Fri 19, Jun 2020
Male deaths outnumber female deaths across all age groups until men reach the age of 65, but that’s only because so many men have died before they reach 65.
According to the 2018 Australian Bureau of Statistics, some of the most common causes of premature death among men are heart attack, lung, colon, rectum and prostate cancers, Alzheimers, respiratory disease and diabetes.
Perhaps an added incentive for men taking better care of themselves might be knowing that, by adopting healthy lifestyle habits they could improve their erectile function - along with their overall health and wellbeing.
Continence Foundation of Australia is promoting 5 Healthy Habits as part of a new national campaign encouraging Australians to Invest in Continence.
The 5 Healthy Habits are the key to preventing incontinence for the majority of Australians and include eating well, drinking well, exercising, practising good toileting habits and keeping the pelvic floor toned.
Continence nurse advisor Stephen Marburg said men were often unaware of the importance of their pelvic floor, a trampoline-shaped group of muscles and ligaments that extend from the tail bone to the pubic bone, and between both sitting bones.
“The pelvic floor is responsible for holding up the pelvic organs and closing off the urinary and anal sphincters. The pelvic floor muscles also play a role in gaining and maintaining erections,” Marburg said.
“In the past, the focus has been on women doing their pelvic floor exercises, but we now know that they have benefits for men in conditions associated with prostate disease, premature ejaculation and erectile dysfunction.”
A 2014 Rome study of 40 men aged 19-46 years who experienced premature ejaculation, found that their average ejaculation time of 32 seconds increased to nearly two-and-a-half minutes after 12 weeks of pelvic floor muscle training.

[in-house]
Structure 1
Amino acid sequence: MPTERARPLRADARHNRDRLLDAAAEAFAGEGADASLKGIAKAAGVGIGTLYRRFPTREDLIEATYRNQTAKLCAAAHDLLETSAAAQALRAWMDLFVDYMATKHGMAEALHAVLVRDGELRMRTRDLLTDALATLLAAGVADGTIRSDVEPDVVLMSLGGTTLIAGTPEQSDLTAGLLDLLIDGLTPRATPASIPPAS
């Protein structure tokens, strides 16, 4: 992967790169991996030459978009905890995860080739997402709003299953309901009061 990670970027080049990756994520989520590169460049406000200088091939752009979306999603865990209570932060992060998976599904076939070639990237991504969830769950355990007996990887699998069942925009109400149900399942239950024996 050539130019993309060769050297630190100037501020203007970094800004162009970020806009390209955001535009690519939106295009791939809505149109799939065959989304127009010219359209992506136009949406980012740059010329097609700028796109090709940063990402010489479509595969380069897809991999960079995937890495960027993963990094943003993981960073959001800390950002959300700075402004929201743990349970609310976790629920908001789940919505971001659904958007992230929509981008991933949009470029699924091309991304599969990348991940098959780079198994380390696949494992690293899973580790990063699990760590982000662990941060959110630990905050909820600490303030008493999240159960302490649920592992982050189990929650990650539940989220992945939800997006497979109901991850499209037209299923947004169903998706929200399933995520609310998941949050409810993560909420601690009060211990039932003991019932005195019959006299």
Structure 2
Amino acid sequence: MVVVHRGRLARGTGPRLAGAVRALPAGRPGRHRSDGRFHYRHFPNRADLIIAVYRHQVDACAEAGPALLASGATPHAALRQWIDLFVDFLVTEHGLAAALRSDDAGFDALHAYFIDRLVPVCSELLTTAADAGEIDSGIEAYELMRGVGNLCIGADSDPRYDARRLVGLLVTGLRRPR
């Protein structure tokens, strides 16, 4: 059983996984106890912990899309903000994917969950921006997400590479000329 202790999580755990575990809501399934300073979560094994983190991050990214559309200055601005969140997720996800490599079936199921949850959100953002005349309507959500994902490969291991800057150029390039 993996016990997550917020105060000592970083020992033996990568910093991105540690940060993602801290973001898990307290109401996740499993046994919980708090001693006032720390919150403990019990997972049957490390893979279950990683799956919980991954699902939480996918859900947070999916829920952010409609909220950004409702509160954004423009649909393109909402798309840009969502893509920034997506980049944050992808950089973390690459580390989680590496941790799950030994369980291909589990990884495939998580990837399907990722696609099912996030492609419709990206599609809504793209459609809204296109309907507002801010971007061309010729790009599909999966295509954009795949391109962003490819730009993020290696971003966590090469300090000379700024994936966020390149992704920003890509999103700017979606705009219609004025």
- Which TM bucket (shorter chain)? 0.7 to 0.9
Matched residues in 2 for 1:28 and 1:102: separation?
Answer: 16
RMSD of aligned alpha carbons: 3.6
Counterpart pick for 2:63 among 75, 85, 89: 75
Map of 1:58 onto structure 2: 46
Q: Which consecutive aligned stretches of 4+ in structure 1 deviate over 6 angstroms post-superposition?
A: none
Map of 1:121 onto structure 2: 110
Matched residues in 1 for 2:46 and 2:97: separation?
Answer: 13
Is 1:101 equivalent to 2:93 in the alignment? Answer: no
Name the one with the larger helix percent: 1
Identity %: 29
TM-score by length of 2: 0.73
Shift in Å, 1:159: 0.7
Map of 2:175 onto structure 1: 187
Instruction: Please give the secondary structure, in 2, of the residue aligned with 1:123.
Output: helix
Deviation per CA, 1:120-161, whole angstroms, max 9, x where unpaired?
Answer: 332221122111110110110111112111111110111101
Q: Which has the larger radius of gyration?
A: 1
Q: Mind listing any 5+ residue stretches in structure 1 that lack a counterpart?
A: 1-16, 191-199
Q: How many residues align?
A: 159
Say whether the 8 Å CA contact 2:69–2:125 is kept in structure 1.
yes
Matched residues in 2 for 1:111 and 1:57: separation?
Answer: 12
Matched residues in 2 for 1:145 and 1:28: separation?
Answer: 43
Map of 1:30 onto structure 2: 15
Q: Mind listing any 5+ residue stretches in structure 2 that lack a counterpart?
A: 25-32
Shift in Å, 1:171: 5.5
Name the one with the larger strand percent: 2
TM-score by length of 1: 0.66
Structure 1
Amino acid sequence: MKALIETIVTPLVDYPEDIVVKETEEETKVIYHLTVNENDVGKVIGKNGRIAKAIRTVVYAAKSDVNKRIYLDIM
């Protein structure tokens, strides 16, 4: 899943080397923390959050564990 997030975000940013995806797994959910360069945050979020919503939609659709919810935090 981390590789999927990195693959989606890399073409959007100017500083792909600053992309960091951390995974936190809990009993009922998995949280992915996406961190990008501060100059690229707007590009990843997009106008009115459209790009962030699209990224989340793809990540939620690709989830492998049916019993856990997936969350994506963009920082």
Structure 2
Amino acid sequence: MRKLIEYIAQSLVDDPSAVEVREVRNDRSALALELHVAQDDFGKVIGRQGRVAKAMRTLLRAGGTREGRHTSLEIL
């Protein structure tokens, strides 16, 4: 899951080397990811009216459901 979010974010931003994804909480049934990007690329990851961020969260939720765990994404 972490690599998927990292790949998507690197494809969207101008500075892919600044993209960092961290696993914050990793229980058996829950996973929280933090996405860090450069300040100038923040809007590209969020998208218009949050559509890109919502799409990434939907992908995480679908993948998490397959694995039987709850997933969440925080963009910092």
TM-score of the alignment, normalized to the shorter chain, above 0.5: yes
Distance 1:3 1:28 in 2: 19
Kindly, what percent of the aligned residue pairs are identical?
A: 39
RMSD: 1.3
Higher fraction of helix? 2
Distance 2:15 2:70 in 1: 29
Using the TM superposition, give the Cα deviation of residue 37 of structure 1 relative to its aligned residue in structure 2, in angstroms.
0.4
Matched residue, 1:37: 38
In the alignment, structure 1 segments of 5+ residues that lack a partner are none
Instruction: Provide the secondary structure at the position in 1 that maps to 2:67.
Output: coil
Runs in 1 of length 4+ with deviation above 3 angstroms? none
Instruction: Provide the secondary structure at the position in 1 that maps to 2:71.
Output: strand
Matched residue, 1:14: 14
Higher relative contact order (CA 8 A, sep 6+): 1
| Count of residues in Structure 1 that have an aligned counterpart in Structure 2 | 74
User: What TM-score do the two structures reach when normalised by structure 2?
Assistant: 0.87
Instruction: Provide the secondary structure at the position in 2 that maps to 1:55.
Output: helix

“And a previous study found the exercises as effective as Viagra for impotence, without the side-effects,” Marburg said.
A toned pelvic floor has also been shown to improve erectile function, Marburg said, pointing to a 2005 British study of 55 men aged 20 years and over who experienced erectile dysfunction. The men who improved their lifestyle and did pelvic floor muscle exercises for three months significantly improved their erectile function compared with the group of men who only improved their lifestyles.
Marburg said that around one third of calls to the Helpline were from men, who were often embarrassed about their erectile or continence problems.
“It’s important for men to know they are not alone, and that there is a lot of help out there. While incontinence is not normal at any age, in most cases it can be improved, if not cured,” he said.
Marburg urged men with any bladder or bowel concerns to visit their GP, or consider calling the free and confidential National Continence Helpline on 1800 33 00 66 for information and advice.
Pastore A.L. et al (2014). Pelvic floor muscle rehabilitation for patients with lifelong premature ejaculation: A novel therapeutic approach, Abstract at the 29th Annual EAU Congress.
Dorey G1, Speakman MJ, Feneley RC, Swinkels A, Dunn CD. (2005), Pelvic floor exercises for erectile dysfunction. BJU Int. 2005 Sep;96(4):595-7.
Chang JI, Lam V, and Patel MI (2015) Preoperative Pelvic Floor Muscle Exercise and Postprostatectomy Incontinence: A Systematic Review and Meta-analysis. European Urology doi: 10.1016/j.eururo.2015.11.004.